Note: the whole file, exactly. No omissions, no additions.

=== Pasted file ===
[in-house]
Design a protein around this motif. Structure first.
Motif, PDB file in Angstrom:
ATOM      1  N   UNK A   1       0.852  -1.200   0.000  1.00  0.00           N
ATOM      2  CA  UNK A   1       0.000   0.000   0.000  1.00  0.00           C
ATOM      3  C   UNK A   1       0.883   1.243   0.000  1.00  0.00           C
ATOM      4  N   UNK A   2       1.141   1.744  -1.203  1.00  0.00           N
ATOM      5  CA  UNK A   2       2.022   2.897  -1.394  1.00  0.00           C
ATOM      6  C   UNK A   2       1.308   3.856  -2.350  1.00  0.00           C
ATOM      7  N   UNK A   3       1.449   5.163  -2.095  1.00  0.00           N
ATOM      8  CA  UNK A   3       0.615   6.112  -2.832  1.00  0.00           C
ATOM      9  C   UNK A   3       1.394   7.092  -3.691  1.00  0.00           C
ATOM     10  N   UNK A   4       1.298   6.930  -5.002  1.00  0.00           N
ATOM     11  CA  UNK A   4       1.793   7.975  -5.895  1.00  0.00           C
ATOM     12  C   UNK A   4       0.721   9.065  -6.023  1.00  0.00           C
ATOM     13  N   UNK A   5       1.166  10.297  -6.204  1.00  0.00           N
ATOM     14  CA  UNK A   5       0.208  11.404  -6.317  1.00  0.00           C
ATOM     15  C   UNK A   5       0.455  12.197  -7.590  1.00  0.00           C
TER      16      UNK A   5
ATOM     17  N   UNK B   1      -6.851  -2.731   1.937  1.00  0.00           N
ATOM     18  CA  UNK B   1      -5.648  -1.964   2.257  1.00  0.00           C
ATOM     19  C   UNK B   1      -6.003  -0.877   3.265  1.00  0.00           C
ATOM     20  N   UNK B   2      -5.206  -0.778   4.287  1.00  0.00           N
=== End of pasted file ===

[in-house]
Design a protein around this motif. Structure first.
Motif, PDB file in Angstrom:
ATOM      1  N   UNK A   1       0.852  -1.200   0.000  1.00  0.00           N
ATOM      2  CA  UNK A   1       0.000   0.000   0.000  1.00  0.00           C
ATOM      3  C   UNK A   1       0.883   1.243   0.000  1.00  0.00           C
ATOM      4  N   UNK A   2       1.141   1.744  -1.203  1.00  0.00           N
ATOM      5  CA  UNK A   2       2.022   2.897  -1.394  1.00  0.00           C
ATOM      6  C   UNK A   2       1.308   3.856  -2.350  1.00  0.00           C
ATOM      7  N   UNK A   3       1.449   5.163  -2.095  1.00  0.00           N
ATOM      8  CA  UNK A   3       0.615   6.112  -2.832  1.00  0.00           C
ATOM      9  C   UNK A   3       1.394   7.092  -3.691  1.00  0.00           C
ATOM     10  N   UNK A   4       1.298   6.930  -5.002  1.00  0.00           N
ATOM     11  CA  UNK A   4       1.793   7.975  -5.895  1.00  0.00           C
ATOM     12  C   UNK A   4       0.721   9.065  -6.023  1.00  0.00           C
ATOM     13  N   UNK A   5       1.166  10.297  -6.204  1.00  0.00           N
ATOM     14  CA  UNK A   5       0.208  11.404  -6.317  1.00  0.00           C
ATOM     15  C   UNK A   5       0.455  12.197  -7.590  1.00  0.00           C
TER      16      UNK A   5
ATOM     17  N   UNK B   1      -6.851  -2.731   1.937  1.00  0.00           N
ATOM     18  CA  UNK B   1      -5.648  -1.964   2.257  1.00  0.00           C
ATOM     19  C   UNK B   1      -6.003  -0.877   3.265  1.00  0.00           C
ATOM     20  N   UNK B   2      -5.206  -0.778   4.287  1.00  0.00           N